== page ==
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Old 11-27-2012, 02:07 AM   #21 (permalink)
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Kelina you asked "
Maybe it will be easier to determine if she will be a good therapy dog "
From what you say "
My pup is a hella puller for the time being, so im correcting this performance with a prong ATM after a months of use and still no improvement"
and just coming around to "No lie, she actually is starting to come when I say come lol"
But especially this "
I miss when my pup use to stay quiet and ignore things she use to be fearful of so many things lol. I was always the person she came back to when afraid ha! Now she is 6 months (in a cple days) and really showing her barking side lmao!"

In my opinion your pup does not sound like a good candidate for a therapy , visitation dog , and would benefit if you joined an obedience class for training opportunity.
I wondered what you meant when you said using the prong collar made the dog more confident. Pretty young dog to need prong , which like any equipment can be used incorrectly. Looks like there needs to be better connection made .
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Old 11-27-2012, 04:59 AM   #22 (permalink)
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Quote:
Originally Posted by Chicagocanine View Post
I know around here it is hard to find any place that would allow a dog to visit if they are t registered with a therapy dog organization. The testing shows that the dog has at least been observed by someone (the tester) that they are obedient and safe around people. I also wouldn't scoff at the idea of insurance, you just never know...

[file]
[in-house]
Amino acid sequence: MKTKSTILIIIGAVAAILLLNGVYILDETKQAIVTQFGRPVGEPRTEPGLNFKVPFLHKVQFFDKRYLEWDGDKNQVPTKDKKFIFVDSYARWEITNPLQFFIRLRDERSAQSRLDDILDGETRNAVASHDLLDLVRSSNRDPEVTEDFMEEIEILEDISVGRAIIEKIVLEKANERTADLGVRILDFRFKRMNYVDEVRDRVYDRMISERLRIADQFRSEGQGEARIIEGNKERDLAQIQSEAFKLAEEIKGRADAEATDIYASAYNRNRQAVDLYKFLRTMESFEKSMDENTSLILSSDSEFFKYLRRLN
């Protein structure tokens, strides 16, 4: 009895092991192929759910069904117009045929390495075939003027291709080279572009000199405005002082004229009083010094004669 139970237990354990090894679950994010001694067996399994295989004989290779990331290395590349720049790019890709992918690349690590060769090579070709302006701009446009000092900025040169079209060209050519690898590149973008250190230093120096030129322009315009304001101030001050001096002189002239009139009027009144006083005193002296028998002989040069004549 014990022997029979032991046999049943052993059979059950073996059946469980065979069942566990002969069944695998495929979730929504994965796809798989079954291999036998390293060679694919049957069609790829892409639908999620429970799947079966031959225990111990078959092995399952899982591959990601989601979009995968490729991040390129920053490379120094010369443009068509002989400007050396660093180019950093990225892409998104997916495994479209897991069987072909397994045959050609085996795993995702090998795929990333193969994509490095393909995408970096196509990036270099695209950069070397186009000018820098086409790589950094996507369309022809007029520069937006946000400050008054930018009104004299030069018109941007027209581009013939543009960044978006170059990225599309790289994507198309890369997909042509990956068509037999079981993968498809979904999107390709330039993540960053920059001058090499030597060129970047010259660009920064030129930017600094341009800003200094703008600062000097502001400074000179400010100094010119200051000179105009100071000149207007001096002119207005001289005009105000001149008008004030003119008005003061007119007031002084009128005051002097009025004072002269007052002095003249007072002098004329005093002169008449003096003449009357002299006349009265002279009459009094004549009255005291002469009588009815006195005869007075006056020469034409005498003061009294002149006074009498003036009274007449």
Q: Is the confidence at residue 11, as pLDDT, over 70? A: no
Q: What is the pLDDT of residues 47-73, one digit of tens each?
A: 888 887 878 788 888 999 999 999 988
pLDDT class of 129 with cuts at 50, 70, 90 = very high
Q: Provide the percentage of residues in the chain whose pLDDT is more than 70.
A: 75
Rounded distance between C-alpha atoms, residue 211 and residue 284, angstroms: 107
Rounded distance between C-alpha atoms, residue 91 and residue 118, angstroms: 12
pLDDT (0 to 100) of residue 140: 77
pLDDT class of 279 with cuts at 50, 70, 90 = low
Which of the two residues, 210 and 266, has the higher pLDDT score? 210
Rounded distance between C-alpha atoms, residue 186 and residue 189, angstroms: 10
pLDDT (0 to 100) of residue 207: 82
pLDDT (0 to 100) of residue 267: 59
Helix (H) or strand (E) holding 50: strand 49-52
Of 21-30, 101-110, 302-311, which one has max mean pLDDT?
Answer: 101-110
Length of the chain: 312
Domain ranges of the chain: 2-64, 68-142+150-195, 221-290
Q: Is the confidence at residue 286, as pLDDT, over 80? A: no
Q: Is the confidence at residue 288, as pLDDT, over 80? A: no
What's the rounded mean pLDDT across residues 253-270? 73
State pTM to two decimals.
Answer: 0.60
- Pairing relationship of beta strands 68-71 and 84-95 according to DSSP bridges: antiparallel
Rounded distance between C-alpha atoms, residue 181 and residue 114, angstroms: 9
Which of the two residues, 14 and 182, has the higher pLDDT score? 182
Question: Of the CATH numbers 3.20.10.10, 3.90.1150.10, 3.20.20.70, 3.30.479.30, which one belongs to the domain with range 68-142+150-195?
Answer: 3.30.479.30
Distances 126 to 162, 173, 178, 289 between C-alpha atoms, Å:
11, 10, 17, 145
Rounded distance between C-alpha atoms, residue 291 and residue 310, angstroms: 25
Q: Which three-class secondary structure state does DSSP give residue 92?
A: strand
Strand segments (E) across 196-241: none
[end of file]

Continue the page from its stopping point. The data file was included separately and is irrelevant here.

This is 100% true. A person off the street just can't go into a hospital or nursing home. They have to be involved with an organization. My dog's trainer has two Rott's that are therapy dogs, so she is willing to help me and guide me in the right direction.
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Old 11-27-2012, 09:46 AM   #23 (permalink)
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My dog is not a registered therapy dog. He's very excitable and really likes to check out new places (sniff every corner) and he's extremely vigilant and really doesn't relax.

I'm going to take the test the next time its offered at my club mostly for my own want to see how he will do but he does do well in therapy situations. These aren't really as involved as what EJQ talked about. We go to a large room, people sit around the room, our dogs do some obedience/agility stuff. We teach kids/adults how to approach dogs. Our dogs go around to people and say hello, but its really not a big deal for the dog to be a little more aloof. As long as they aren't fearful or very shy, they'll do just fine in that group...especially because most of their training buddies are in there with them.

These are all events set up by a club member and are planned for months in advance. Of course no one just walks into these places and tells them their dog is a "therapy dog" and so they will go around doing stuff. But its really rare for the place to ask the group for their TDi certificate, maybe its just the trust in our group (that's been doing it for such a long time).

I think you should try to get the certification...just don't be upset if you don't do it at a young age. My dog was not calm enough to do it before the age of 2, and it was just due to his drive and personality. There are dogs at my club that don't have that drive and therefore can be therapy dogs at 12 months old. Like some of the others have said, it has so much to do with the dog's personality as well as the kind of training you're doing.
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Old 11-27-2012, 11:43 AM   #24 (permalink)